The future will be stranger than we can imagine today. With over 7 billion inhabitants, more of whom are connected and educated than ever before, the world has become fertile ground for the birth and transmission of new ideas, cultures, technologies, and art—all at a disconcertingly fast pace. Our ability to predict the future is becoming increasingly limited, as if it is being swallowed up by a blank event horizon.
If you were transported a hundred years into the future you would see scarcely imaginable, incredible objects, technology, and cultural changes: interstellar travel, trickster AIs, mindreading technology, and a world shaped by climate change. And yet, you would also see so much that would be familiar to you, from the clothes people wore to the stories they told.
But there are no time machines in real life. Instead, we experience the passage of time second-by-second, and the shock of the new quickly fades into familiarity and indifference. It’s only by taking a period snapshot and comparing it with the past that we can see how the world has changed. “A History of the Future in 100 Objects” takes a hundred snapshots across a century, each one examining a single item, from a single time, in detail. Who made it? Where did it come from? What does it mean? How can it transform the world?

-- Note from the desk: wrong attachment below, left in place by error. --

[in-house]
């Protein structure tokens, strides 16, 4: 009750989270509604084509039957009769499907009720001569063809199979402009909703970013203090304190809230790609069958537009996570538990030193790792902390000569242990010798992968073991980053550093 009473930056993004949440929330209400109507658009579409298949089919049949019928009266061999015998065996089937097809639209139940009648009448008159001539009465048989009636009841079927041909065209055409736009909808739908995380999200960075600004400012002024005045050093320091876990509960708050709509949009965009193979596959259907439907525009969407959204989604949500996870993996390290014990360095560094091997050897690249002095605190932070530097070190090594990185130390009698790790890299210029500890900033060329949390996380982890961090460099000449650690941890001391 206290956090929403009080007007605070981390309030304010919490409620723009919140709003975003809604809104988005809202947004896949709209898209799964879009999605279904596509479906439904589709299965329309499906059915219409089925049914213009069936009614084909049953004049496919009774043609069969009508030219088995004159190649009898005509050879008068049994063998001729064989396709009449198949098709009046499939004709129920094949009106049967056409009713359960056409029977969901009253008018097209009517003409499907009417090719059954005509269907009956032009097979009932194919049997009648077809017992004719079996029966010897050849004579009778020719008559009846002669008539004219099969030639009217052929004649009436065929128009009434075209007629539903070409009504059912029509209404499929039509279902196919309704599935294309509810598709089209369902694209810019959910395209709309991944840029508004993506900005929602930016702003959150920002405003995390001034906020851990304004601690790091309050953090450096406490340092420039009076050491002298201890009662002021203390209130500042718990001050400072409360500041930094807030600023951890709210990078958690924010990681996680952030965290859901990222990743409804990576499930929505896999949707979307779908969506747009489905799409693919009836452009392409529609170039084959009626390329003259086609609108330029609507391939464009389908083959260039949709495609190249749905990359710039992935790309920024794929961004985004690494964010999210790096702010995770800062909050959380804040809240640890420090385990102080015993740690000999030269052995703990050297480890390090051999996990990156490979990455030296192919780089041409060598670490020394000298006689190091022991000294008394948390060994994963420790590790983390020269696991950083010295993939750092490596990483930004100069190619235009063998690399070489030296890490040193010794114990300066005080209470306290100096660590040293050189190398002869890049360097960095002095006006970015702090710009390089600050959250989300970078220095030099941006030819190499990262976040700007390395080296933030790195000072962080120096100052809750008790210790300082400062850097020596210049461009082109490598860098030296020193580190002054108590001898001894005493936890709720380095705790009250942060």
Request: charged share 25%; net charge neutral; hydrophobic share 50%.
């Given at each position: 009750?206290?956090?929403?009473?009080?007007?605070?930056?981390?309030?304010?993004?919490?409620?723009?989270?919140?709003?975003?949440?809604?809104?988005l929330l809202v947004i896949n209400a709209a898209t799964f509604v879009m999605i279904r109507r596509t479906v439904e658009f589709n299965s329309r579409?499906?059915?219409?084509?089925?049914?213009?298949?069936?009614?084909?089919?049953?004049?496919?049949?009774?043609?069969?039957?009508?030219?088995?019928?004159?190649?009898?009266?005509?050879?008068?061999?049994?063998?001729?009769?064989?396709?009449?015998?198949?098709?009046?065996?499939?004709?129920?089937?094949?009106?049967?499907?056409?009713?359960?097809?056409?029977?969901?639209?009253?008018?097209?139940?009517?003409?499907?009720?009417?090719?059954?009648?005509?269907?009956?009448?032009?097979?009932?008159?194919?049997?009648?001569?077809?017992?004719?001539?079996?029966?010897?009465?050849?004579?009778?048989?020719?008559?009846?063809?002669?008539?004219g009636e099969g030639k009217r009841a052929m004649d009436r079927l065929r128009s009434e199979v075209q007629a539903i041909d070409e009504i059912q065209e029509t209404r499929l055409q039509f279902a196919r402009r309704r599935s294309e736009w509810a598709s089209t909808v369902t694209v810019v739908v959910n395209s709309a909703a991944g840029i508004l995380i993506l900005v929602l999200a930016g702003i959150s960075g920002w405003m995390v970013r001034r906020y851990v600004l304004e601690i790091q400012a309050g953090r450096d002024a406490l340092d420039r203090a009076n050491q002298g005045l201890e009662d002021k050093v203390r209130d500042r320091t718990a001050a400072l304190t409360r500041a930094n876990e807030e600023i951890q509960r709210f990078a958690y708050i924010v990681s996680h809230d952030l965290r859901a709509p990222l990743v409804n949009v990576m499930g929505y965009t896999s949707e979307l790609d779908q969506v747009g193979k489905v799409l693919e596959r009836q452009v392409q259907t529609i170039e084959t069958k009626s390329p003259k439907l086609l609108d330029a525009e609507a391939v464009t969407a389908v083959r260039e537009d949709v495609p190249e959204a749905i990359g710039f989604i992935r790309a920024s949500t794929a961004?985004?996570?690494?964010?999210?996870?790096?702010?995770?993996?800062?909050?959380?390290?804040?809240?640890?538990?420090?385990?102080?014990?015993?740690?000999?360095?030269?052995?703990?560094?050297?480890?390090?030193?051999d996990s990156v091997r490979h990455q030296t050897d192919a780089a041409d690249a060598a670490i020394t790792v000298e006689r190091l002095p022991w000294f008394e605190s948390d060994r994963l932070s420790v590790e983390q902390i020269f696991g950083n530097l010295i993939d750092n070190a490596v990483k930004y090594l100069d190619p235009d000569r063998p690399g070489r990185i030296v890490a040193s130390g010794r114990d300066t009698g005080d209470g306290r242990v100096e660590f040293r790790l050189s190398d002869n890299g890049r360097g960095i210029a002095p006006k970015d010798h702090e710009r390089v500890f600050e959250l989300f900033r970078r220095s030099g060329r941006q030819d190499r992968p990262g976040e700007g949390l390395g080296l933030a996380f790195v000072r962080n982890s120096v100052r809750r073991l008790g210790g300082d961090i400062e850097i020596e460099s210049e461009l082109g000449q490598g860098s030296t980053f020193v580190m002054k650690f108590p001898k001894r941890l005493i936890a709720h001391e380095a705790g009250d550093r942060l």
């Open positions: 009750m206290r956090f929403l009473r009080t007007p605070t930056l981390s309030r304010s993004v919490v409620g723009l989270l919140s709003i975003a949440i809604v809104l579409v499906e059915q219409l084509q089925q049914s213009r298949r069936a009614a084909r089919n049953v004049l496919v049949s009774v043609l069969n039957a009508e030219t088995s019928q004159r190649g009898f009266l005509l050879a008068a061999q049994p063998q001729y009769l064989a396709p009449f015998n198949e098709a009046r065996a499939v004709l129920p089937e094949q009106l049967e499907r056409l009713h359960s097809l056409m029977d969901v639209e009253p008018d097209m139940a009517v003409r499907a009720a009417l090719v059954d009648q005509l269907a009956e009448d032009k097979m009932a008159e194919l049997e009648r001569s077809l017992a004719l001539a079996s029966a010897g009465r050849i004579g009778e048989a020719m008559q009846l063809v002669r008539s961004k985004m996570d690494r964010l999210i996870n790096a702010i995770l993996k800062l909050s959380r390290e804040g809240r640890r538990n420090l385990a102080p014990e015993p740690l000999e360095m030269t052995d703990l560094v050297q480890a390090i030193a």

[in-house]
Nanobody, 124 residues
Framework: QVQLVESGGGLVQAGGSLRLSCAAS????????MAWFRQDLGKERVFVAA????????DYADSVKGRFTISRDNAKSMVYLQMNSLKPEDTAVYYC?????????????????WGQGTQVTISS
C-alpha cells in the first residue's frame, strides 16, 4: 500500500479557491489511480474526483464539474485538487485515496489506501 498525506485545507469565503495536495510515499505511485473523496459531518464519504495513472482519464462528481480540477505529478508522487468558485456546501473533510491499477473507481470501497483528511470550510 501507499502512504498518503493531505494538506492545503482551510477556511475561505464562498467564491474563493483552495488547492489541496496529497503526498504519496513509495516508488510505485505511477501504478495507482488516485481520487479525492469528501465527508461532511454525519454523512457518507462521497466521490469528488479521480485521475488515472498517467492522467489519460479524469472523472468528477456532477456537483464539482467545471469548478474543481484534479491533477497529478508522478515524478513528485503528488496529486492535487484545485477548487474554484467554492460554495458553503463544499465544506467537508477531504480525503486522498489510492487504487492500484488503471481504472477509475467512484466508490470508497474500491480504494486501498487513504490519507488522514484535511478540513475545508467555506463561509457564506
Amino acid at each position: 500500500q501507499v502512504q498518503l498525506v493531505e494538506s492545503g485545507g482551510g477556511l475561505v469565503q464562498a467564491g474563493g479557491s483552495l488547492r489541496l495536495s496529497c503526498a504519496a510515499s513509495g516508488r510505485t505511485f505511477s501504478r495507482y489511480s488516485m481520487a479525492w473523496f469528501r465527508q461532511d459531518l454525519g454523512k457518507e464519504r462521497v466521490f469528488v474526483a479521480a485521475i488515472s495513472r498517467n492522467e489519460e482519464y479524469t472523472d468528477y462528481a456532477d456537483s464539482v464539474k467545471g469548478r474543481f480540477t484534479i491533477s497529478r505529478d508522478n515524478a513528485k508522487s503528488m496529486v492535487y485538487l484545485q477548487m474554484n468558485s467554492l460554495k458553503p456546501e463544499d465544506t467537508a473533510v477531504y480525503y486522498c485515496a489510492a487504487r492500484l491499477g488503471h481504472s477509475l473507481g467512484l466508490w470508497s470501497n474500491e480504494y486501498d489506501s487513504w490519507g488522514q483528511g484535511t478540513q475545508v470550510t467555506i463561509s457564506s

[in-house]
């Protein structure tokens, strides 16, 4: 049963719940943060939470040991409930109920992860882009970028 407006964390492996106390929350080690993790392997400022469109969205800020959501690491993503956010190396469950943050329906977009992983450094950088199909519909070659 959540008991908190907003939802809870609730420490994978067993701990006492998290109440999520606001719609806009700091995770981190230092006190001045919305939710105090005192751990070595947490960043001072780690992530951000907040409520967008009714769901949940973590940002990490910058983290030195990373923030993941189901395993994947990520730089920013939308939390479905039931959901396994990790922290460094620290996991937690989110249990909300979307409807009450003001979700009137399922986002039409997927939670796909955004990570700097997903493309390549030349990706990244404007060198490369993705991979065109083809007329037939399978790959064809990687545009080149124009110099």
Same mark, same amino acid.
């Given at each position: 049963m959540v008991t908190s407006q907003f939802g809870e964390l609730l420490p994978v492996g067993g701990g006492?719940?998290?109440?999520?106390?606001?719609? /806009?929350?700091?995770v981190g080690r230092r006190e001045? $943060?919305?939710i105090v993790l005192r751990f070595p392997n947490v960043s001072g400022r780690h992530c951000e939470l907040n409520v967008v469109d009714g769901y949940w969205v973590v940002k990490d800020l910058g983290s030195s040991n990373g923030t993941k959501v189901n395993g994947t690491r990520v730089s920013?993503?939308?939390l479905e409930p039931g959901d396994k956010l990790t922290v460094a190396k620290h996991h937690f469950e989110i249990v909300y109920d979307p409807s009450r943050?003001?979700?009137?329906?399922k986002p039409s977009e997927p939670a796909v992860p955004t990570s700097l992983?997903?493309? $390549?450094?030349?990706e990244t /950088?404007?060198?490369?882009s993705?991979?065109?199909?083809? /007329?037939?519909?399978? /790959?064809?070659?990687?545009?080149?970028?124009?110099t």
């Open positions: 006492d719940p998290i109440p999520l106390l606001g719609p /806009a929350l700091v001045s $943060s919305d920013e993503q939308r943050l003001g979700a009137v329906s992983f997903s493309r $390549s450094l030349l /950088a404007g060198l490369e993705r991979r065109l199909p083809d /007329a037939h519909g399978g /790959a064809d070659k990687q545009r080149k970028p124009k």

The exhibit includes a selection of objects from Adrian Hon’s book – from which the collaboration draws its name – paired with Chen Xi’s representations of possible futures, articulating stories of exploration, life and death, love and war, science and faith, despair and hope. With its written stories and multimedia works, it is simultaneously concrete and abstract—like the future itself. The project addresses what it means to be human in a century within which humanity has never mattered more. And like all science fiction, it’s about the hopes and fears we have today.
Chen Xi was born in 1985 in Wuhan, China. He graduated from Jiangnan University in 2008, and later graduated with Master’s Degree from East China Normal University in 2012. He currently works and lives in Beijing. His solo exhibitions include: “∞” (A+ Contemporary, Shanghai, 2016), “Preserved Wilderness” (A307, Beijing, 2015), “Perception of Home” (Home Inn, Beijing, 2014), “New Works by Chen Xi” (Museum of East China Normal University, Shanghai, 2009). He’s selected group exhibitions include “Community of Celibates” (Shanghai Gallery of Art, Shanghai, 2016), “Evolution of Model” (A+ Contemporary, Shanghai, 2015), “Absurd Utopias – Cine City” (Brighton Film Festival, Brighton, United Kingdom, 2015), “Ode to Joy” (Star Gallery, Beijing, 2015), “The 2nd CAFAM Future Exhibition” (CAFAM, Beijing, 2015), “Ministry of Truth II: The Factitious and its Realm” (Boers-Li Gallery, Beijing, 2014), “Design Shanghai” (PSA, Shanghai, 2013), “Nonexistent Reality” (Chambers Fine Art, Beijing, 2013), etc.